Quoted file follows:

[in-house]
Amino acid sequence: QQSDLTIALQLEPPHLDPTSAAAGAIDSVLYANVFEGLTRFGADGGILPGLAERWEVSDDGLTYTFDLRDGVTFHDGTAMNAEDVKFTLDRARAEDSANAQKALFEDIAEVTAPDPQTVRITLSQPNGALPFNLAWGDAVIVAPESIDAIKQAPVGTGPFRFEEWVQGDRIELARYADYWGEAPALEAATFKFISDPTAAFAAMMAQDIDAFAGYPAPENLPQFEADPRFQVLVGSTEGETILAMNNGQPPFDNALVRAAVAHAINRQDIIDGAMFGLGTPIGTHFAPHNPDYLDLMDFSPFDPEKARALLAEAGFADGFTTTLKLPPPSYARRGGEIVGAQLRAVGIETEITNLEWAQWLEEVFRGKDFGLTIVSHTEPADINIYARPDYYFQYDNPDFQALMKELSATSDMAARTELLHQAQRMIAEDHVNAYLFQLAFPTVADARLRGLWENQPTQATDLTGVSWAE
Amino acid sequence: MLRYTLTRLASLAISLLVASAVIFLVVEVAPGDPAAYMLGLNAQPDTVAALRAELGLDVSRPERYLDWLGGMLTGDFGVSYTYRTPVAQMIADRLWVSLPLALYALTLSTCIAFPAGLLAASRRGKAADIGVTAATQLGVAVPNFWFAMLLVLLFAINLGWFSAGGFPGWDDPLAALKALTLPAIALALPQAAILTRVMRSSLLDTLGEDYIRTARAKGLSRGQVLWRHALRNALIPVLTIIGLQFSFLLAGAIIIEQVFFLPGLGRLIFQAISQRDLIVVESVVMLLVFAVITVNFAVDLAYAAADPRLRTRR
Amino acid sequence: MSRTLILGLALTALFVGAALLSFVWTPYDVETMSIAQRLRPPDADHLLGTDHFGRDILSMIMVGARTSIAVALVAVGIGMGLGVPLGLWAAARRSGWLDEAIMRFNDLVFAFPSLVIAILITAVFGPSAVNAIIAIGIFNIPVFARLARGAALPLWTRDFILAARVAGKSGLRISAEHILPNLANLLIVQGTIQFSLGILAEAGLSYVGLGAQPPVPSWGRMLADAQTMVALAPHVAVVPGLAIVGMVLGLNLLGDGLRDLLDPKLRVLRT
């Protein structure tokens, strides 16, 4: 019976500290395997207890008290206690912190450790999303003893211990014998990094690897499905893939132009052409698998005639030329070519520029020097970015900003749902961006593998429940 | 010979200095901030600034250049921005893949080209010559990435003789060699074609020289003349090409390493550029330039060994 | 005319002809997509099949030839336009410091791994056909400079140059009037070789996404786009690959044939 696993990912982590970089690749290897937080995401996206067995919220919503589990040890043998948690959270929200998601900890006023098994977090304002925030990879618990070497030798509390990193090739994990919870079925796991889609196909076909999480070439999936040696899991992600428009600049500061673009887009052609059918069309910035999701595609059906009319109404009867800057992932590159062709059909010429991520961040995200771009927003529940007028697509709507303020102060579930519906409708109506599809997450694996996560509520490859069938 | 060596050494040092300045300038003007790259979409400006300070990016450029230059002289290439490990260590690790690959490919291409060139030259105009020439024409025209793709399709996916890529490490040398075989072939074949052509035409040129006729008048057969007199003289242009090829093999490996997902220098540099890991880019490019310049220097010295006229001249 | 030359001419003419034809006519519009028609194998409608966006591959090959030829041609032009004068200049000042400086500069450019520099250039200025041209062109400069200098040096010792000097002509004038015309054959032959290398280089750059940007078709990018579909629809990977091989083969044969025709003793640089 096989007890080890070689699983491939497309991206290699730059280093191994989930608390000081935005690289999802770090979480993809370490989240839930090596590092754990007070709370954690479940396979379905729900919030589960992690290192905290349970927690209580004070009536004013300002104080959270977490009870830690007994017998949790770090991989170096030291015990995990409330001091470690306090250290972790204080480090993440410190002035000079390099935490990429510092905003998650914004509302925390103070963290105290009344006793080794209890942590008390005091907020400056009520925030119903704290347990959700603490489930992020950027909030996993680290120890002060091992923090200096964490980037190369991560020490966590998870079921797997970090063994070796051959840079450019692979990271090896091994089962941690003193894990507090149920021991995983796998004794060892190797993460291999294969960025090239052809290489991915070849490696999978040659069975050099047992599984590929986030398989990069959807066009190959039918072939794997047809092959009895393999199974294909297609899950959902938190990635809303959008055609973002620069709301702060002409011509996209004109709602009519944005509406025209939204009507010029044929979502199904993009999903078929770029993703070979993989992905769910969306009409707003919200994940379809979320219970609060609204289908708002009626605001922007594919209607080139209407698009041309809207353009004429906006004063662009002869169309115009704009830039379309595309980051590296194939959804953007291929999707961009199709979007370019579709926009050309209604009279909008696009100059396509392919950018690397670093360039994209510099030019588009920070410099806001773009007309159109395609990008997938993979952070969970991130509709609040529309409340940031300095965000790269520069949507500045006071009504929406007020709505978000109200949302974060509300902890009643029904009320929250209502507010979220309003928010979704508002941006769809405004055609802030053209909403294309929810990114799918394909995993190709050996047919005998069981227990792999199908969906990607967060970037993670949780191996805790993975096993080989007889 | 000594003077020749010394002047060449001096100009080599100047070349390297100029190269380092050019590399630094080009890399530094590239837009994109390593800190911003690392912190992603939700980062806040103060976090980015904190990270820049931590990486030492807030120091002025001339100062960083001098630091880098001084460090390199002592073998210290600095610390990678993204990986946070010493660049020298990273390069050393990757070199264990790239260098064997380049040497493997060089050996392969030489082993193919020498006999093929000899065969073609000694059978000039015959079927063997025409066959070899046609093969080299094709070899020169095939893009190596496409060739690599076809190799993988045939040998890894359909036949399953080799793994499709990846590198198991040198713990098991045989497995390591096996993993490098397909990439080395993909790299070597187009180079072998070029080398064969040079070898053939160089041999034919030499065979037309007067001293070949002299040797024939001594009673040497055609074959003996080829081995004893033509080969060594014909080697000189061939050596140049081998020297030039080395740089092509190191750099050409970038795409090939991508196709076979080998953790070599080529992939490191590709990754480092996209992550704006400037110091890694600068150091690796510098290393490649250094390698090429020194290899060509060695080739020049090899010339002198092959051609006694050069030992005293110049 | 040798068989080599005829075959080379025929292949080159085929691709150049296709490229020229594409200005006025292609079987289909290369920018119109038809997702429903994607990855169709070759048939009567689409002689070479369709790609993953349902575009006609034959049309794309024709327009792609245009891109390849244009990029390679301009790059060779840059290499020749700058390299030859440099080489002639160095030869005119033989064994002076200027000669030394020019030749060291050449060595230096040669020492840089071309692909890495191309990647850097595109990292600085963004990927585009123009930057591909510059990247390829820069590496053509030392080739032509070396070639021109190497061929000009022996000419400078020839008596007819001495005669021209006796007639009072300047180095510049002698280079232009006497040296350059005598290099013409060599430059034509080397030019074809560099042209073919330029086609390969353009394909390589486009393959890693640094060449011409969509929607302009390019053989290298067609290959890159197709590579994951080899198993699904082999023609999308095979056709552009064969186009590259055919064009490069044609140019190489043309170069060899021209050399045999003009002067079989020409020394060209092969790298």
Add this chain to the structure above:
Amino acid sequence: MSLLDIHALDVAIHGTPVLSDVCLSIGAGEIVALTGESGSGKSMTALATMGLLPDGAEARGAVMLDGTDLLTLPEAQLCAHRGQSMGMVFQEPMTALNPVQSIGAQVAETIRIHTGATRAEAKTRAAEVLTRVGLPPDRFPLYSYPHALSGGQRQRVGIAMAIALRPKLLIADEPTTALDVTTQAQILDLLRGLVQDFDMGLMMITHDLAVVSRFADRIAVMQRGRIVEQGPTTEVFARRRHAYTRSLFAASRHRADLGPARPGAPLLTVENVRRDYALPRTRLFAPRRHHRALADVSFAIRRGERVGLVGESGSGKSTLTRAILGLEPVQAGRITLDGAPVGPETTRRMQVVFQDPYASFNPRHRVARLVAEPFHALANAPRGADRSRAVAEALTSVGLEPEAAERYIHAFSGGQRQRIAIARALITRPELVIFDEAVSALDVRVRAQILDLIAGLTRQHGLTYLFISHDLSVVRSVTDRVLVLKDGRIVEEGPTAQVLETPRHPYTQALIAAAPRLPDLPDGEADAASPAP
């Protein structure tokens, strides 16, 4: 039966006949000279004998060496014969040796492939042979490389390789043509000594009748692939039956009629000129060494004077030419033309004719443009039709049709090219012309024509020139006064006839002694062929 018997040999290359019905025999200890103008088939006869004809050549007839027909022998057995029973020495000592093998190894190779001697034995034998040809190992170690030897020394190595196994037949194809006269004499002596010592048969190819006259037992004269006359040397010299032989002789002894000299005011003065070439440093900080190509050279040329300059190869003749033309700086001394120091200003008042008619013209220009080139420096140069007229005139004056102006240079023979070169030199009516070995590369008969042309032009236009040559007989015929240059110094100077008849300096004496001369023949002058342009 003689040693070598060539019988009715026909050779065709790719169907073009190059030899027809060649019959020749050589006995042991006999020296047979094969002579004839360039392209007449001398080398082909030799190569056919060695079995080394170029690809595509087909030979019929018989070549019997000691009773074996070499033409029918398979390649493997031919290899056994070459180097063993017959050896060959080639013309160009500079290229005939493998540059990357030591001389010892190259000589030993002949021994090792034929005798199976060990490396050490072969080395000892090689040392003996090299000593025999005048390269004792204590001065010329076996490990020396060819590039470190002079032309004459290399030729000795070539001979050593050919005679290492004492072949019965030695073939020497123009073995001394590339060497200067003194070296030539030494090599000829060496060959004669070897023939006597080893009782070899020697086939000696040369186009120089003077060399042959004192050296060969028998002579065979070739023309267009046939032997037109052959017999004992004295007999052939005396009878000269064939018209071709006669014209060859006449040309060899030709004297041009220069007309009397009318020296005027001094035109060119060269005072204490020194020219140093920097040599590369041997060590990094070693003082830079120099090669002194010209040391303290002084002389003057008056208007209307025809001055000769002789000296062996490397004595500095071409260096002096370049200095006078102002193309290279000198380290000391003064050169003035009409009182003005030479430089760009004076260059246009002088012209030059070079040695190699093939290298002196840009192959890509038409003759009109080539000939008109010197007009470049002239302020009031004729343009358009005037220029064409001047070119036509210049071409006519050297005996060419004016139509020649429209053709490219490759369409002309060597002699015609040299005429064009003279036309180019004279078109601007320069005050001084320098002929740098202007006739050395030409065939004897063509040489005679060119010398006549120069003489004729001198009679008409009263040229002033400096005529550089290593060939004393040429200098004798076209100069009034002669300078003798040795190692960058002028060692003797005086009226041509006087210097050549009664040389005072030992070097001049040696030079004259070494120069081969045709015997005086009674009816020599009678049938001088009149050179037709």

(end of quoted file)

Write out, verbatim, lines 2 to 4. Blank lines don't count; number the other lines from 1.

Amino acid sequence: QQSDLTIALQLEPPHLDPTSAAAGAIDSVLYANVFEGLTRFGADGGILPGLAERWEVSDDGLTYTFDLRDGVTFHDGTAMNAEDVKFTLDRARAEDSANAQKALFEDIAEVTAPDPQTVRITLSQPNGALPFNLAWGDAVIVAPESIDAIKQAPVGTGPFRFEEWVQGDRIELARYADYWGEAPALEAATFKFISDPTAAFAAMMAQDIDAFAGYPAPENLPQFEADPRFQVLVGSTEGETILAMNNGQPPFDNALVRAAVAHAINRQDIIDGAMFGLGTPIGTHFAPHNPDYLDLMDFSPFDPEKARALLAEAGFADGFTTTLKLPPPSYARRGGEIVGAQLRAVGIETEITNLEWAQWLEEVFRGKDFGLTIVSHTEPADINIYARPDYYFQYDNPDFQALMKELSATSDMAARTELLHQAQRMIAEDHVNAYLFQLAFPTVADARLRGLWENQPTQATDLTGVSWAE
Amino acid sequence: MLRYTLTRLASLAISLLVASAVIFLVVEVAPGDPAAYMLGLNAQPDTVAALRAELGLDVSRPERYLDWLGGMLTGDFGVSYTYRTPVAQMIADRLWVSLPLALYALTLSTCIAFPAGLLAASRRGKAADIGVTAATQLGVAVPNFWFAMLLVLLFAINLGWFSAGGFPGWDDPLAALKALTLPAIALALPQAAILTRVMRSSLLDTLGEDYIRTARAKGLSRGQVLWRHALRNALIPVLTIIGLQFSFLLAGAIIIEQVFFLPGLGRLIFQAISQRDLIVVESVVMLLVFAVITVNFAVDLAYAAADPRLRTRR
Amino acid sequence: MSRTLILGLALTALFVGAALLSFVWTPYDVETMSIAQRLRPPDADHLLGTDHFGRDILSMIMVGARTSIAVALVAVGIGMGLGVPLGLWAAARRSGWLDEAIMRFNDLVFAFPSLVIAILITAVFGPSAVNAIIAIGIFNIPVFARLARGAALPLWTRDFILAARVAGKSGLRISAEHILPNLANLLIVQGTIQFSLGILAEAGLSYVGLGAQPPVPSWGRMLADAQTMVALAPHVAVVPGLAIVGMVLGLNLLGDGLRDLLDPKLRVLRT